The Conservative Party of Prime Minister Stephen Harper won a third consecutive term in office in snap elections held in May 2011.
The party gained support, transforming its minorty in parliament into a majority.
Mr Harper's government had been toppled by the opposition in March 2011. A motion, brought by the main opposition Liberal Party and backed by two other opposition parties, declared the government was in contempt of parliament and had lost its confidence in a row centered on Mr Harper's budget plans.
The opposition said Mr Harper's government was in contempt of parliament for failing to provide the estimated costs for a number of spending programmes.
It was the first time that a Canadian government had been found in contempt of parliament.
Mr Harper became prime minister in 2006, after elections that brought to an end 12 years of Liberal government.
However, the Conservatives failed to win an overall majority and had to work with opposition parties in order to govern.
Two years into his first term, Mr Harper called an early election in an attempt to win a working majority. His party improved its position in the October 2008 election, winning 16 more seats than in the 2006 election, but still fell short of an overall majority.
Two months later, Mr Harper came close to being toppled by an alliance of the opposition Liberal and New Democrat parties over his handling of the economic crisis, but avoided a no-confidence vote by suspending parliament for a month.
He prorogued parliament for a second time in January 2010, this time for two months. He described the suspension as "routine", but it drew an angry response from opposition leaders.
They said the move was aimed at avoiding a potentially embarrassing debate on the government's role in the torture of Afghan terror detainees.
Born in Toronto, Ontario in 1959, Stephen Harper studied economics at the University of Calgary in Alberta. He became an MP in 1993 and became leader of the newly-merged Conservative party in 2004.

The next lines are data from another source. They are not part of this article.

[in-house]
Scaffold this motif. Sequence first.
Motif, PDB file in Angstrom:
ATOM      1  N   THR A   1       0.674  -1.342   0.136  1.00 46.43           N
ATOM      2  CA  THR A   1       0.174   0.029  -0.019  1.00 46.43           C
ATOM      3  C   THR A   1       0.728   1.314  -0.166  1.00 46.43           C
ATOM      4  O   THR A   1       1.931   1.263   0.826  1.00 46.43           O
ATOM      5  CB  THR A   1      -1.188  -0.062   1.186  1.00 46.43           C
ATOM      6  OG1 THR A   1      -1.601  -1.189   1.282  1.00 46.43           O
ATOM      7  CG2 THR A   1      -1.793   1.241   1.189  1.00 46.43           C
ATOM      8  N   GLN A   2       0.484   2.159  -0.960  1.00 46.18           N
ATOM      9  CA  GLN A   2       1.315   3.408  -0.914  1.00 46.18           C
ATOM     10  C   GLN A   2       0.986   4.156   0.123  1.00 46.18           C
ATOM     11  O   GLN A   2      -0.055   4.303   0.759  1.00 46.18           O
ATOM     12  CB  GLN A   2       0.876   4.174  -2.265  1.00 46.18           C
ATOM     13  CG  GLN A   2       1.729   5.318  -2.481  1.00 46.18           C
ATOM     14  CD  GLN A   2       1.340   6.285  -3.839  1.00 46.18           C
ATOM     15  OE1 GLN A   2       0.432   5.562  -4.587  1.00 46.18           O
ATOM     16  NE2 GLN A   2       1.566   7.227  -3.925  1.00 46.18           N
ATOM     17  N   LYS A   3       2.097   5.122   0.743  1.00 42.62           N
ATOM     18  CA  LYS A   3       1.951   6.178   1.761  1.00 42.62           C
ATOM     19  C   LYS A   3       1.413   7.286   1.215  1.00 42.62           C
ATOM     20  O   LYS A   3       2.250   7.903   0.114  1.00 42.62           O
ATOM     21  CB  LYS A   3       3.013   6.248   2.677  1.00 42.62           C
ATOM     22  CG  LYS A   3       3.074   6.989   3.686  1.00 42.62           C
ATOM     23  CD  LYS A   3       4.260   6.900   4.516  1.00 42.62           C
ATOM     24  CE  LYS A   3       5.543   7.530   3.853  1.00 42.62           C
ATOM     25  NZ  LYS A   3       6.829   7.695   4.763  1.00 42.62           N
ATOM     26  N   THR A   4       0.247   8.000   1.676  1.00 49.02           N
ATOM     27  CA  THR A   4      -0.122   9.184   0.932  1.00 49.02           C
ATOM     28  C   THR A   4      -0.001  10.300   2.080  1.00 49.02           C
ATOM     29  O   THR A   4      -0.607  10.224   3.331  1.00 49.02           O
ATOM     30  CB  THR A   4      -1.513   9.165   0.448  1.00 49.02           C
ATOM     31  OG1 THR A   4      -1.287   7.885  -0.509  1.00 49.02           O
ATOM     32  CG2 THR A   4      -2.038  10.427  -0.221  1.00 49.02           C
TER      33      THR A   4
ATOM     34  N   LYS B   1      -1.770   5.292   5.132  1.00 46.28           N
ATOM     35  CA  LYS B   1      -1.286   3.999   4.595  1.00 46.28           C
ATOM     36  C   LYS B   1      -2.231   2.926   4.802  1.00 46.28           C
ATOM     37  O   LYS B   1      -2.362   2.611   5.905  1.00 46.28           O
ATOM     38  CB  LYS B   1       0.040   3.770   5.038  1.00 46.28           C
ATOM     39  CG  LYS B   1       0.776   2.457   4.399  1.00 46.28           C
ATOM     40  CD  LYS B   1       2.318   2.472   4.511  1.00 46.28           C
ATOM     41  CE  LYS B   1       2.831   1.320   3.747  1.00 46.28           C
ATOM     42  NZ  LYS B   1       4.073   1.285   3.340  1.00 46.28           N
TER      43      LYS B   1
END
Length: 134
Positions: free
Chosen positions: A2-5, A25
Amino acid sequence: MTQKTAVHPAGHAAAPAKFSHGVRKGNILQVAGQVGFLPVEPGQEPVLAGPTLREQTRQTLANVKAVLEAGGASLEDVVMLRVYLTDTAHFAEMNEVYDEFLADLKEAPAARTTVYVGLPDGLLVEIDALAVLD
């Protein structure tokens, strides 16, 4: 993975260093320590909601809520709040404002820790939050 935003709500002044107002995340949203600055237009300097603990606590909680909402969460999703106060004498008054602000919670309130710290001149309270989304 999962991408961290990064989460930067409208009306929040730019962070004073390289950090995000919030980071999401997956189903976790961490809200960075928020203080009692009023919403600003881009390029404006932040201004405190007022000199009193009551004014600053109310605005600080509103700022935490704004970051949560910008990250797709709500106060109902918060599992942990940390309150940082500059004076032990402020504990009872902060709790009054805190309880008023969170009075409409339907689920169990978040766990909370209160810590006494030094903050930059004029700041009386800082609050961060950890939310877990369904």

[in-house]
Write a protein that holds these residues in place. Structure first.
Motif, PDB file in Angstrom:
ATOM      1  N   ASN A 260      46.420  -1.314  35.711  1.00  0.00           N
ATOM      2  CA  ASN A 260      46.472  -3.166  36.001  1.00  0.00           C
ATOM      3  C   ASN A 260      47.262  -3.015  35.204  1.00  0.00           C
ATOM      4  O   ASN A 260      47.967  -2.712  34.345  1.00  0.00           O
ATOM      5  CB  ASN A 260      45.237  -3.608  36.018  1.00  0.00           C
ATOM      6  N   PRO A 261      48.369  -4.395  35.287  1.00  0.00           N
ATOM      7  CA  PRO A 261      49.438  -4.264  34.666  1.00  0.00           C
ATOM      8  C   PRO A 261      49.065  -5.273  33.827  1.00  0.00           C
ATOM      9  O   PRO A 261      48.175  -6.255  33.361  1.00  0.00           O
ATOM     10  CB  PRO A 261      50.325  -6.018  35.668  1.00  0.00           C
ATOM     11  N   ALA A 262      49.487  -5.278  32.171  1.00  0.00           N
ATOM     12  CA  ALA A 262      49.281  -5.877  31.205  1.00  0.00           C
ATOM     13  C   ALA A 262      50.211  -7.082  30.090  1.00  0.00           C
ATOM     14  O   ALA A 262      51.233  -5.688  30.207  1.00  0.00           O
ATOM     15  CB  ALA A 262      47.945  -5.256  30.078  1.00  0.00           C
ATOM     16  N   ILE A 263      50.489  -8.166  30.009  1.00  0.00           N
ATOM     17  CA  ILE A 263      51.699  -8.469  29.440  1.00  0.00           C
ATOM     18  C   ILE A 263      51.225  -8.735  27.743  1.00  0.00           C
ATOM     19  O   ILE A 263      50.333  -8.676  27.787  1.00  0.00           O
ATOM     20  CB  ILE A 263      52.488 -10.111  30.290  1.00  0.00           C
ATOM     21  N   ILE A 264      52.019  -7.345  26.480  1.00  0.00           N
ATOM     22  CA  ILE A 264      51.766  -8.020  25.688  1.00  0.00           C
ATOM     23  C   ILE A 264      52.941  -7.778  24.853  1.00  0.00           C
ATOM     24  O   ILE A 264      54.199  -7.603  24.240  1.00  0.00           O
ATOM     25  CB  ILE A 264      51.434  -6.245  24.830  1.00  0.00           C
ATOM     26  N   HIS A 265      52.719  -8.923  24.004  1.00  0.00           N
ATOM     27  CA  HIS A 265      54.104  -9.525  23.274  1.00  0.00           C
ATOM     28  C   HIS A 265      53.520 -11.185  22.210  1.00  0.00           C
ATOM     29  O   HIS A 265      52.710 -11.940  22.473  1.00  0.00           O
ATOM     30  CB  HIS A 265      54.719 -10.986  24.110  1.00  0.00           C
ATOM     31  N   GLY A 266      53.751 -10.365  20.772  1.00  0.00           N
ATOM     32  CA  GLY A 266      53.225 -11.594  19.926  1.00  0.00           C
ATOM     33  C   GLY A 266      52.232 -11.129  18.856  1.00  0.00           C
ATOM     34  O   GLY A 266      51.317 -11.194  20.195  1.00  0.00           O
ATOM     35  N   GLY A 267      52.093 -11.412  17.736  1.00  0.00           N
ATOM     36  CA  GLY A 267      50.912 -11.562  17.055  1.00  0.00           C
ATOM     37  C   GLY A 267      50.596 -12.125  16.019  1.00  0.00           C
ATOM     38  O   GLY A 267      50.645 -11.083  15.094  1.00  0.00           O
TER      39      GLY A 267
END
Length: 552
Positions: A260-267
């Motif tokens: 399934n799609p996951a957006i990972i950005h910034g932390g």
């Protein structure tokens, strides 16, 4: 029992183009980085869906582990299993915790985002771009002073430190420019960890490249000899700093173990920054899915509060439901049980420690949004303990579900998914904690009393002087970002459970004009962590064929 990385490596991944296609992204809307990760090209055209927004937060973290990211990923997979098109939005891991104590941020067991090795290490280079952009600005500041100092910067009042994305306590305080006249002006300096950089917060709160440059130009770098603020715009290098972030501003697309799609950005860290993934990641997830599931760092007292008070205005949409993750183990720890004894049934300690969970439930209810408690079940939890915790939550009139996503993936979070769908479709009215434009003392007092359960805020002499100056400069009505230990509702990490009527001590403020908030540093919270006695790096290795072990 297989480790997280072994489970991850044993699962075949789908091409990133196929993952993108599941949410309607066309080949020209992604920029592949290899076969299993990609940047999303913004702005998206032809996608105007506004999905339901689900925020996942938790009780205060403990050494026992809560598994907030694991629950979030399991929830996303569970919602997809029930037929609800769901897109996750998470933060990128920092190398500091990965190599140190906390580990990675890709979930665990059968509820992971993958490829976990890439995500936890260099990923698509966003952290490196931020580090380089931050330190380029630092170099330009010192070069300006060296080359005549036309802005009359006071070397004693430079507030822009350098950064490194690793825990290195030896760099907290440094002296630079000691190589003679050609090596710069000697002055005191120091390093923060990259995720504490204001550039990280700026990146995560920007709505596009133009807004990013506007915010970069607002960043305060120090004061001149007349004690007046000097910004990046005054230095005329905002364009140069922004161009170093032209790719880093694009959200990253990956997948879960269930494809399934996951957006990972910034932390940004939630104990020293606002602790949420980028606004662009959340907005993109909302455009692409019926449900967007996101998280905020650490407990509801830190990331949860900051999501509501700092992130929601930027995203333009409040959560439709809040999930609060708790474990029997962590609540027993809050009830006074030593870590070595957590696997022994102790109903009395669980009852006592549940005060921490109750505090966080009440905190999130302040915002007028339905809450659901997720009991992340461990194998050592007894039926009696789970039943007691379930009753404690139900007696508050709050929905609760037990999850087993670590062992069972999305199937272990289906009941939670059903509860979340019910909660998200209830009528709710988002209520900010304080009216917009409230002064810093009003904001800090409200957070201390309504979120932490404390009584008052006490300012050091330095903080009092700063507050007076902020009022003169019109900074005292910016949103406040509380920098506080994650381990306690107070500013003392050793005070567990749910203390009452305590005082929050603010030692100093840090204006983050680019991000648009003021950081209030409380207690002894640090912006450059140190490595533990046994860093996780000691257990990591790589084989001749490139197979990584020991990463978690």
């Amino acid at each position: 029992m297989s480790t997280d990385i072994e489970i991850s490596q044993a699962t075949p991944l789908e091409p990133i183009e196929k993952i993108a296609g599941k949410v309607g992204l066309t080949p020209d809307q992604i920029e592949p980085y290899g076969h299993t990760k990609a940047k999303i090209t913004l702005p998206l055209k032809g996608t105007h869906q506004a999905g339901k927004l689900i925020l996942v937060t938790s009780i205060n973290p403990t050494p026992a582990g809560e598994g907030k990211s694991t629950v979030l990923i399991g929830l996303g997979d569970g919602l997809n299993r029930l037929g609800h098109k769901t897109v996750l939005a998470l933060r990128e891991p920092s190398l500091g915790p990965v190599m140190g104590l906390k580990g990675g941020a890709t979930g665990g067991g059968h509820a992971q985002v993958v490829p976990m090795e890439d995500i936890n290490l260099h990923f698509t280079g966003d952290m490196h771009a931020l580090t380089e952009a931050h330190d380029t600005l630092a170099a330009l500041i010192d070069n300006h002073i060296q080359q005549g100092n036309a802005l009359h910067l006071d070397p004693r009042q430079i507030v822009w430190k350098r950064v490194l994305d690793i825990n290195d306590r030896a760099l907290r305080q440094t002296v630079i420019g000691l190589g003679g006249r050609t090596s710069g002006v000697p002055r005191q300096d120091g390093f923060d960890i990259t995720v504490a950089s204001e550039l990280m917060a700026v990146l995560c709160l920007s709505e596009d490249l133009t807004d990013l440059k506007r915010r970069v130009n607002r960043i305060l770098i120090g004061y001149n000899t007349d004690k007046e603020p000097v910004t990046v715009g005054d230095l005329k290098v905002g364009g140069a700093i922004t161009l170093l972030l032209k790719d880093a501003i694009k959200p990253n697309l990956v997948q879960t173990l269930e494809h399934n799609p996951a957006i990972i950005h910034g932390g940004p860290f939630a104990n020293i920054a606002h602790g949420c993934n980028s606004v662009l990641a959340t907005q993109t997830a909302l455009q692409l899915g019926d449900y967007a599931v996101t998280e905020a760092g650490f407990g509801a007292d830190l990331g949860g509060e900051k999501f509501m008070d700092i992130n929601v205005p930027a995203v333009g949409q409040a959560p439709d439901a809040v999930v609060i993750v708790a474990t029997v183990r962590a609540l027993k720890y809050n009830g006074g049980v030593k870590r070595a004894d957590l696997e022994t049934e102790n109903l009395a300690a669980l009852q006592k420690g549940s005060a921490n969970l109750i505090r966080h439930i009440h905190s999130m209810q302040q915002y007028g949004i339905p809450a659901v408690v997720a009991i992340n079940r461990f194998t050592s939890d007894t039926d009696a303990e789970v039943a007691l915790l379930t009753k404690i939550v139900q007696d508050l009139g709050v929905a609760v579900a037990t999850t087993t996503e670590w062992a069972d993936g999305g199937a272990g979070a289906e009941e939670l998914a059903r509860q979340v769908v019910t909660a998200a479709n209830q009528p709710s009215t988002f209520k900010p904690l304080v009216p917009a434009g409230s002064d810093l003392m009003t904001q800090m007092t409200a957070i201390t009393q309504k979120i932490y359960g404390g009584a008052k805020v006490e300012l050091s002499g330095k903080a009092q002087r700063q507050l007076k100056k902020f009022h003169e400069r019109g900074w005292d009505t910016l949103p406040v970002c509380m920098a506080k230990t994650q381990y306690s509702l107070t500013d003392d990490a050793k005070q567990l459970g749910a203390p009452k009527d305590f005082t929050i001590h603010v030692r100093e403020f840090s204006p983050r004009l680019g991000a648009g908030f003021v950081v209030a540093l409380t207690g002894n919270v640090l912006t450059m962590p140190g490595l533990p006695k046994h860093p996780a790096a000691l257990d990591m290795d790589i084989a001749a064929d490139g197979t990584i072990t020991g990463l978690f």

He is married and has two children. Aside from politics and intellectual pursuits, he is passionate about ice hockey.
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"Canada Government Stats", NationMaster. Retrieved from http://www.nationmaster.com/country-info/profiles/Canada/Government
"Canada Government Stats, NationMaster." 1867-2014. <http://www.nationmaster.com/country-info/profiles/Canada/Government>.
'Canada Government Stats, NationMaster', <http://www.nationmaster.com/country-info/profiles/Canada/Government> [assessed 1867-2014]
"Canada Government Stats", NationMaster [Internet]. 1867-2014. Avaliable from: <http://www.nationmaster.com/country-info/profiles/Canada/Government>.
"Canada Government Stats", NationMaster. Avaliable at: nationmaster.com. Assessed 1867-2014.
"Canada Government Stats, NationMaster," http://www.nationmaster.com/country-info/profiles/Canada/Government (assessed 1867-2014)
"Canada Government Stats", NationMaster, http://www.nationmaster.com/country-info/profiles/Canada/Government (last visited 1867-2014)
"Canada Government Stats", NationMaster, http://www.nationmaster.com/country-info/profiles/Canada/Government (as of 1867-2014)
Canada Government Profiles (Subcategories)
- Canada ranked first for democracy > civil and political liberties amongst Christian countries in 2001.